The Galt House was, in the early 19th century, the residence of Dr. W.C. Galt. The house was located at the corner of Second and Main Street.
In 1834, the first instance of the Galt House as a hotel was established and in 1835 was opened by Col. Ariss Throckmorton as a 60-room hotel on the northeast corner of Second and Main streets in Louisville. During the nineteenth century, The Galt House was acclaimed as Louisville's best hotel. Many noted people stayed at the original Galt House, including Jefferson Davis, Charles Dickens, Abraham Lincoln and Ulysses S. Grant.
During the Civil War, the Galt House was utilized for meetings of Union generals. In September 1862, it was the scene of an unusual murder, when General Jefferson C. Davis (not to be confused with Confederate President Jefferson Davis) shot Union General William "Bull" Nelson after a dispute. According to a historical marker for the original Galt House, in March 1864,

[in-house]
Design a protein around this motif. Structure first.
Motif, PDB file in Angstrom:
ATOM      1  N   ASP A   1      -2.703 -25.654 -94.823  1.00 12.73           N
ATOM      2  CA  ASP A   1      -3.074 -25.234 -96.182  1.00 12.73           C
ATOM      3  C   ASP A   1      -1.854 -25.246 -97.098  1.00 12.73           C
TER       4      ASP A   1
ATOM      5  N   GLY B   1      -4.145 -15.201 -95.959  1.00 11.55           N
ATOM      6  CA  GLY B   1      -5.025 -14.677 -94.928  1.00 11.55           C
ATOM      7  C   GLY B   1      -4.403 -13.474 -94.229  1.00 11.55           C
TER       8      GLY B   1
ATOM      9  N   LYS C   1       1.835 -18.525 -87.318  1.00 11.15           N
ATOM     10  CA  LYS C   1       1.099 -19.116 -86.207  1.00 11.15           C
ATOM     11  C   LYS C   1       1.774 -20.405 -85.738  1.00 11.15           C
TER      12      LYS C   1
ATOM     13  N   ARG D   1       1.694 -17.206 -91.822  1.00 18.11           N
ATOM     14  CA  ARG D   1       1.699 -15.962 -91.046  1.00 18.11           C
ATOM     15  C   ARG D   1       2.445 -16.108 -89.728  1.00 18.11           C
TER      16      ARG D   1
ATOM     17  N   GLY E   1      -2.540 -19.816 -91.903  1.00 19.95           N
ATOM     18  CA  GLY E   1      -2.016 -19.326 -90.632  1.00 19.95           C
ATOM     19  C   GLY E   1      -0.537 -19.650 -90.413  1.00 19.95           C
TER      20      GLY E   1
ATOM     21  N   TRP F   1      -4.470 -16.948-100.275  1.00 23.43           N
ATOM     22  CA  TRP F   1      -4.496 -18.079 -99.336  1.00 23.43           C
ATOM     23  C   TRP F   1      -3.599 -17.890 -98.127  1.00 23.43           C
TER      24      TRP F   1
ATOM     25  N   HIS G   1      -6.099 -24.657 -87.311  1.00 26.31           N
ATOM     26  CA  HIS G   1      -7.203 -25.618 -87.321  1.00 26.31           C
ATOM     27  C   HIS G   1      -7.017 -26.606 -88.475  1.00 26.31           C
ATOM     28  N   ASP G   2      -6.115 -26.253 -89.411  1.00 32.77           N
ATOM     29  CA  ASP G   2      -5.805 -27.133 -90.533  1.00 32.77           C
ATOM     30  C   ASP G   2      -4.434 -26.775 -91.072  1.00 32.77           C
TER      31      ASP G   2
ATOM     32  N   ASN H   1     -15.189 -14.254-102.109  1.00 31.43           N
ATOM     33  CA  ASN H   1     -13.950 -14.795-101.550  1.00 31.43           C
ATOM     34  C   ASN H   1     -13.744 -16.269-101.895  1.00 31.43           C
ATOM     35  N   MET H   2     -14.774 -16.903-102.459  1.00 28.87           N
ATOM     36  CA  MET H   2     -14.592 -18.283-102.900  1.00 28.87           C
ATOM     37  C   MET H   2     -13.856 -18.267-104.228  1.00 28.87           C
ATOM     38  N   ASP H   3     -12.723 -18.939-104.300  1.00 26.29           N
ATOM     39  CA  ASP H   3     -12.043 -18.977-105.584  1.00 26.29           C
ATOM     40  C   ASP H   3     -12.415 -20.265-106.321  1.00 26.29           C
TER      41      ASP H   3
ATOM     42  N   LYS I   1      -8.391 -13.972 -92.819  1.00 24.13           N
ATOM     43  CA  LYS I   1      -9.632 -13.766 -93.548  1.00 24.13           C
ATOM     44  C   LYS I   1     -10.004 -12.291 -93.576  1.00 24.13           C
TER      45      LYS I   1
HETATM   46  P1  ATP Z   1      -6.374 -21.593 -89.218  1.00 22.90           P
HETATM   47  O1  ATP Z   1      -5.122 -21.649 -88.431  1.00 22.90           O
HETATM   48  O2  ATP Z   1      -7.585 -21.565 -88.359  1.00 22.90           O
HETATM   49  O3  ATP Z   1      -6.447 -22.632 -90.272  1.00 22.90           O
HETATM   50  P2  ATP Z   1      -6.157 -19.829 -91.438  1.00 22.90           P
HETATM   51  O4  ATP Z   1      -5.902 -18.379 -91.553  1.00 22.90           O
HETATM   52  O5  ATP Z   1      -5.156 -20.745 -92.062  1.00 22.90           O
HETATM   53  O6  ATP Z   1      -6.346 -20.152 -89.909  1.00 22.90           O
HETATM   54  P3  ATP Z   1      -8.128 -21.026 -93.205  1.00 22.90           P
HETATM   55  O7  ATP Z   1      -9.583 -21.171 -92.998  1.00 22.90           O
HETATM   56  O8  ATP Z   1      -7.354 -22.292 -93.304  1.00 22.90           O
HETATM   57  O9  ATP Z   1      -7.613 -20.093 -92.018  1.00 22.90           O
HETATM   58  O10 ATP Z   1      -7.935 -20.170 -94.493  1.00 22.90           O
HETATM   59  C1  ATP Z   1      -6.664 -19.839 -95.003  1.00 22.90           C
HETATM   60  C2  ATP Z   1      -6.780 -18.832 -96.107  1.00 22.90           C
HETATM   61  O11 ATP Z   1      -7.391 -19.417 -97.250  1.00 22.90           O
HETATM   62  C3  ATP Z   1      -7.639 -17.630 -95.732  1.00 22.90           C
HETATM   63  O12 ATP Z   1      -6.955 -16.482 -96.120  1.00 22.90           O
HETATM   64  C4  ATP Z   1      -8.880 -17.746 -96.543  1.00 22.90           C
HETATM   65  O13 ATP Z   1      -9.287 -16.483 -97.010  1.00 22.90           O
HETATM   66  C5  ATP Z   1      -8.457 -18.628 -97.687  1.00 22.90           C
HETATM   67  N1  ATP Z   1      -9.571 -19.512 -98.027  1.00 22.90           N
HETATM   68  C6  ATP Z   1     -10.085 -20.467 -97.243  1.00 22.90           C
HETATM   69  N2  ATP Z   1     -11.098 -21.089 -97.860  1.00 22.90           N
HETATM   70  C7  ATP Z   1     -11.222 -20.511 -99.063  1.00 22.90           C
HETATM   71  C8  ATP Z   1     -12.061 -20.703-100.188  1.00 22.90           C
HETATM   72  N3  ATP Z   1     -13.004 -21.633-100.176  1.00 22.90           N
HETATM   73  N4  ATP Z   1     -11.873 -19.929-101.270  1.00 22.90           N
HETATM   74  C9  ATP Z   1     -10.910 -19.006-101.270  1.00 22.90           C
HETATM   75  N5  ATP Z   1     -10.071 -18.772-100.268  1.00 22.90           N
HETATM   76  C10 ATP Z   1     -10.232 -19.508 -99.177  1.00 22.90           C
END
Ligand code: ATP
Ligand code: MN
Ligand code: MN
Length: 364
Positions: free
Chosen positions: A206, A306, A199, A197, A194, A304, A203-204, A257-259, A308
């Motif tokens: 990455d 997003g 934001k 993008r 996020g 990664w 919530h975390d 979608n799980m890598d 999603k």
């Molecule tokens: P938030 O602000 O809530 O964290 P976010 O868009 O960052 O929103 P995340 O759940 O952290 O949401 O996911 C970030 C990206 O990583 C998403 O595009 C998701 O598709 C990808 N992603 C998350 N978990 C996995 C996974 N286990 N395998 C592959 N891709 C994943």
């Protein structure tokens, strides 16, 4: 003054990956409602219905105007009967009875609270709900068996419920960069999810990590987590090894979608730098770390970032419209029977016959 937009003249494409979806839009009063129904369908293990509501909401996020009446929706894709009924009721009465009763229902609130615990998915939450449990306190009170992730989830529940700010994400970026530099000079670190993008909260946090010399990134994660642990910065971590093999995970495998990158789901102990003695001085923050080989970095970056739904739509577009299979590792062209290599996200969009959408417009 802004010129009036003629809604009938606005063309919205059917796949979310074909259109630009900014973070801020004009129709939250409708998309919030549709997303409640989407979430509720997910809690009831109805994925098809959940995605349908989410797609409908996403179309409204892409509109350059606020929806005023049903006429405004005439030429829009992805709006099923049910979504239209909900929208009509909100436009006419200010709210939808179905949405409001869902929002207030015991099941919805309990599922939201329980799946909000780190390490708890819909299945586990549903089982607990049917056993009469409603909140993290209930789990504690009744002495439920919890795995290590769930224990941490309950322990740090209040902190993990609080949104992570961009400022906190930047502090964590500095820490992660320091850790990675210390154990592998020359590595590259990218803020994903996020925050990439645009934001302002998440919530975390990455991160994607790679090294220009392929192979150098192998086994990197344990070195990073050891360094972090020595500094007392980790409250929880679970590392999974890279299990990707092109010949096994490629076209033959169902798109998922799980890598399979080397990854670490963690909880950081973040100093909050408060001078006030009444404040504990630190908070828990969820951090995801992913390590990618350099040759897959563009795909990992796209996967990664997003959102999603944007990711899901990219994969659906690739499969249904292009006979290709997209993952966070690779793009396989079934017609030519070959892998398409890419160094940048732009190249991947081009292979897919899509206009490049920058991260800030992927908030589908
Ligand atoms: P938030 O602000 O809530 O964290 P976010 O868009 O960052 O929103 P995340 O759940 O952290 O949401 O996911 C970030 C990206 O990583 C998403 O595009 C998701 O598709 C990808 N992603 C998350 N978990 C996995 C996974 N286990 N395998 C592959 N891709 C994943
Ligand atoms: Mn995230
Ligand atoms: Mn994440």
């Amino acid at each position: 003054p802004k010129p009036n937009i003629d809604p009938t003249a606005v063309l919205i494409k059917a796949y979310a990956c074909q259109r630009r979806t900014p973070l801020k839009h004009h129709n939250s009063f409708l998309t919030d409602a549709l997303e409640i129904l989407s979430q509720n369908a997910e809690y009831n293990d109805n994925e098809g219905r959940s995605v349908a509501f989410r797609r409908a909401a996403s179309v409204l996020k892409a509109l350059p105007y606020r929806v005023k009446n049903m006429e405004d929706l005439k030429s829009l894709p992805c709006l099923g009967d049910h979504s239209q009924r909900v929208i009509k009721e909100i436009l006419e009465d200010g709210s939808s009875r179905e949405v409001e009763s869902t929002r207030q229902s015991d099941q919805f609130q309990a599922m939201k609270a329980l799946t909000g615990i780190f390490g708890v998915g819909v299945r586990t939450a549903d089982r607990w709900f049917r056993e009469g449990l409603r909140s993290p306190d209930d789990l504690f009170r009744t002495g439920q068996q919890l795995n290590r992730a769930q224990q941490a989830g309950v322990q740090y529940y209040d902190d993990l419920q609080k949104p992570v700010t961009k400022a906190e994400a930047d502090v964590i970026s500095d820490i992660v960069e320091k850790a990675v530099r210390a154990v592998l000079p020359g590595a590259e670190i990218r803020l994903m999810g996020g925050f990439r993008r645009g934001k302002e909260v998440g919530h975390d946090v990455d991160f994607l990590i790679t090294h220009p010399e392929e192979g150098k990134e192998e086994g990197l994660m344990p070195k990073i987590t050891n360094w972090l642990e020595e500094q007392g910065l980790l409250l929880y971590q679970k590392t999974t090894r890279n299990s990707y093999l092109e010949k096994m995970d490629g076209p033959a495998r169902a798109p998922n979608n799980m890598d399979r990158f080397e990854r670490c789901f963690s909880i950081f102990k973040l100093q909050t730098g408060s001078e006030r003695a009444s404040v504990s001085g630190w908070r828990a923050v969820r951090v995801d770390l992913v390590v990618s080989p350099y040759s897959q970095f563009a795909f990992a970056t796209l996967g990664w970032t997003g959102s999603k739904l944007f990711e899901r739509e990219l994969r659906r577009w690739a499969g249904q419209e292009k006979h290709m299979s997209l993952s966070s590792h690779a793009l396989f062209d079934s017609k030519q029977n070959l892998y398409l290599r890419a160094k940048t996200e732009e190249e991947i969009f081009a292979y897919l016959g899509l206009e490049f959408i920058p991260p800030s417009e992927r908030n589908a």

Generals Ulysses S. Grant and William Tecumseh Sherman met at the Galt House to plan the invasion that led to the successful capture of Atlanta, Georgia and Sherman's March to the Sea. As of 2014, this claim has fallen into dispute.
What was to be the first Galt House burned down in 1865. Four years later, in 1869, a larger Galt House was established on the corner of First and Main streets. Known as being the center of Louisville's social community during this time, the hotel subsequently fell on hard times in the next 50 years and was closed in 1919 due to financial difficulties. Soon after, in 1921, the building was demolished.
Twain and Cable stayed here January 5th and 6th of 1885.